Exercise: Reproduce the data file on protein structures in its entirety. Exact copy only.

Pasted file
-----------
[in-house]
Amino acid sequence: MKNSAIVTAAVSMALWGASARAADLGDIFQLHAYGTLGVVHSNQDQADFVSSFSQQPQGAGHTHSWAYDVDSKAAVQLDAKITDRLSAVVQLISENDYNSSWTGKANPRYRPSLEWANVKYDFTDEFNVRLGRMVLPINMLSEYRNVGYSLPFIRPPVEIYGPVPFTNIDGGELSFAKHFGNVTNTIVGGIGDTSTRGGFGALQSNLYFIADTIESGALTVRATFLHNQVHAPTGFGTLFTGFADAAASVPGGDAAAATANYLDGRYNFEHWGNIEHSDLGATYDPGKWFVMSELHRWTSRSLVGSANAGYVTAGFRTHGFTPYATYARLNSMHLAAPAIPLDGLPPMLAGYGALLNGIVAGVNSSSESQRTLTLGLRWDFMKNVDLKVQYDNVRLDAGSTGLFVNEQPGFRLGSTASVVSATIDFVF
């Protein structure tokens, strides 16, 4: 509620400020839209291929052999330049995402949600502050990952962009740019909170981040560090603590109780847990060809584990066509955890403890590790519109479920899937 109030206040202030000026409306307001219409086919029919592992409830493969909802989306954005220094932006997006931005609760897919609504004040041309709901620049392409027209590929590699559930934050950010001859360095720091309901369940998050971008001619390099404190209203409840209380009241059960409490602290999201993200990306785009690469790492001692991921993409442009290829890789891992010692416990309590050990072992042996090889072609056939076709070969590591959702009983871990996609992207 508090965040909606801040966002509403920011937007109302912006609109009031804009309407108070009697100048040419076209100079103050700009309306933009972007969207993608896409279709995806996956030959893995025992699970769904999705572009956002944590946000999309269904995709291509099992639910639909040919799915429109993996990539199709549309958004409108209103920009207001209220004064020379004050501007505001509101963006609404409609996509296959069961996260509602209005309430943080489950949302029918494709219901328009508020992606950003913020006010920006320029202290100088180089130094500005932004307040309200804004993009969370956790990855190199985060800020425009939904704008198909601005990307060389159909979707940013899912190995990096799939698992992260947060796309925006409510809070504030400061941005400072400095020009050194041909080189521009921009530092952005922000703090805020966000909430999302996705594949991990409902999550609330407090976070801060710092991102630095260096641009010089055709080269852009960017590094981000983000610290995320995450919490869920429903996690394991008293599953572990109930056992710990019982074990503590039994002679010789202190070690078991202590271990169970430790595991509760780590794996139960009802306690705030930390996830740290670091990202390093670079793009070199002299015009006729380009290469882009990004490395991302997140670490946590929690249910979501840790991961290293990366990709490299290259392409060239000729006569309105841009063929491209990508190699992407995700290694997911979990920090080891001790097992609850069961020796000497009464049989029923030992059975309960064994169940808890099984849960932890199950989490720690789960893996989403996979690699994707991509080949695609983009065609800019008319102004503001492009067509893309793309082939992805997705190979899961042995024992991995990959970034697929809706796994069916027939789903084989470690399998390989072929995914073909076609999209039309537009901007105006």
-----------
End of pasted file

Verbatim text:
[in-house]
Amino acid sequence: MKNSAIVTAAVSMALWGASARAADLGDIFQLHAYGTLGVVHSNQDQADFVSSFSQQPQGAGHTHSWAYDVDSKAAVQLDAKITDRLSAVVQLISENDYNSSWTGKANPRYRPSLEWANVKYDFTDEFNVRLGRMVLPINMLSEYRNVGYSLPFIRPPVEIYGPVPFTNIDGGELSFAKHFGNVTNTIVGGIGDTSTRGGFGALQSNLYFIADTIESGALTVRATFLHNQVHAPTGFGTLFTGFADAAASVPGGDAAAATANYLDGRYNFEHWGNIEHSDLGATYDPGKWFVMSELHRWTSRSLVGSANAGYVTAGFRTHGFTPYATYARLNSMHLAAPAIPLDGLPPMLAGYGALLNGIVAGVNSSSESQRTLTLGLRWDFMKNVDLKVQYDNVRLDAGSTGLFVNEQPGFRLGSTASVVSATIDFVF
């Protein structure tokens, strides 16, 4: 509620400020839209291929052999330049995402949600502050990952962009740019909170981040560090603590109780847990060809584990066509955890403890590790519109479920899937 109030206040202030000026409306307001219409086919029919592992409830493969909802989306954005220094932006997006931005609760897919609504004040041309709901620049392409027209590929590699559930934050950010001859360095720091309901369940998050971008001619390099404190209203409840209380009241059960409490602290999201993200990306785009690469790492001692991921993409442009290829890789891992010692416990309590050990072992042996090889072609056939076709070969590591959702009983871990996609992207 508090965040909606801040966002509403920011937007109302912006609109009031804009309407108070009697100048040419076209100079103050700009309306933009972007969207993608896409279709995806996956030959893995025992699970769904999705572009956002944590946000999309269904995709291509099992639910639909040919799915429109993996990539199709549309958004409108209103920009207001209220004064020379004050501007505001509101963006609404409609996509296959069961996260509602209005309430943080489950949302029918494709219901328009508020992606950003913020006010920006320029202290100088180089130094500005932004307040309200804004993009969370956790990855190199985060800020425009939904704008198909601005990307060389159909979707940013899912190995990096799939698992992260947060796309925006409510809070504030400061941005400072400095020009050194041909080189521009921009530092952005922000703090805020966000909430999302996705594949991990409902999550609330407090976070801060710092991102630095260096641009010089055709080269852009960017590094981000983000610290995320995450919490869920429903996690394991008293599953572990109930056992710990019982074990503590039994002679010789202190070690078991202590271990169970430790595991509760780590794996139960009802306690705030930390996830740290670091990202390093670079793009070199002299015009006729380009290469882009990004490395991302997140670490946590929690249910979501840790991961290293990366990709490299290259392409060239000729006569309105841009063929491209990508190699992407995700290694997911979990920090080891001790097992609850069961020796000497009464049989029923030992059975309960064994169940808890099984849960932890199950989490720690789960893996989403996979690699994707991509080949695609983009065609800019008319102004503001492009067509893309793309082939992805997705190979899961042995024992991995990959970034697929809706796994069916027939789903084989470690399998390989072929995914073909076609999209039309537009901007105006």